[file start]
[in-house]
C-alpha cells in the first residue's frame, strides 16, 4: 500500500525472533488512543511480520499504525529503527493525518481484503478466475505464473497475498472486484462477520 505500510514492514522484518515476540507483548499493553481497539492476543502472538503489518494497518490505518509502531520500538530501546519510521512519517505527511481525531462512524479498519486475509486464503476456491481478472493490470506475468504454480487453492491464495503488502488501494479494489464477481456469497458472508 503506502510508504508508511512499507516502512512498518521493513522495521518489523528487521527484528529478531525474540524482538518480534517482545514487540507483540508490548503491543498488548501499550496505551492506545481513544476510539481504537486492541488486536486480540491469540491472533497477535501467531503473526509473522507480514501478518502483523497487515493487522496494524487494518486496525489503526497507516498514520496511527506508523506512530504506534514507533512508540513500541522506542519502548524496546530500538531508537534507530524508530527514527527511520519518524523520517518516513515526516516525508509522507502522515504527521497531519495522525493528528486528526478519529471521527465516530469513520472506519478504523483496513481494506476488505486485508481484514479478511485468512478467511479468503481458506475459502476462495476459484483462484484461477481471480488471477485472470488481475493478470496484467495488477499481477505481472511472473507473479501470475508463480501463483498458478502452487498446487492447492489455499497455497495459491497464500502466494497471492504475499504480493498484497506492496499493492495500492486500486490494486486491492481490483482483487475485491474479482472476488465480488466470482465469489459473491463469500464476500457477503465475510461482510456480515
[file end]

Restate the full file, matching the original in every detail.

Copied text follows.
[in-house]
C-alpha cells in the first residue's frame, strides 16, 4: 500500500525472533488512543511480520499504525529503527493525518481484503478466475505464473497475498472486484462477520 505500510514492514522484518515476540507483548499493553481497539492476543502472538503489518494497518490505518509502531520500538530501546519510521512519517505527511481525531462512524479498519486475509486464503476456491481478472493490470506475468504454480487453492491464495503488502488501494479494489464477481456469497458472508 503506502510508504508508511512499507516502512512498518521493513522495521518489523528487521527484528529478531525474540524482538518480534517482545514487540507483540508490548503491543498488548501499550496505551492506545481513544476510539481504537486492541488486536486480540491469540491472533497477535501467531503473526509473522507480514501478518502483523497487515493487522496494524487494518486496525489503526497507516498514520496511527506508523506512530504506534514507533512508540513500541522506542519502548524496546530500538531508537534507530524508530527514527527511520519518524523520517518516513515526516516525508509522507502522515504527521497531519495522525493528528486528526478519529471521527465516530469513520472506519478504523483496513481494506476488505486485508481484514479478511485468512478467511479468503481458506475459502476462495476459484483462484484461477481471480488471477485472470488481475493478470496484467495488477499481477505481472511472473507473479501470475508463480501463483498458478502452487498446487492447492489455499497455497495459491497464500502466494497471492504475499504480493498484497506492496499493492495500492486500486490494486486491492481490483482483487475485491474479482472476488465480488466470482465469489459473491463469500464476500457477503465475510461482510456480515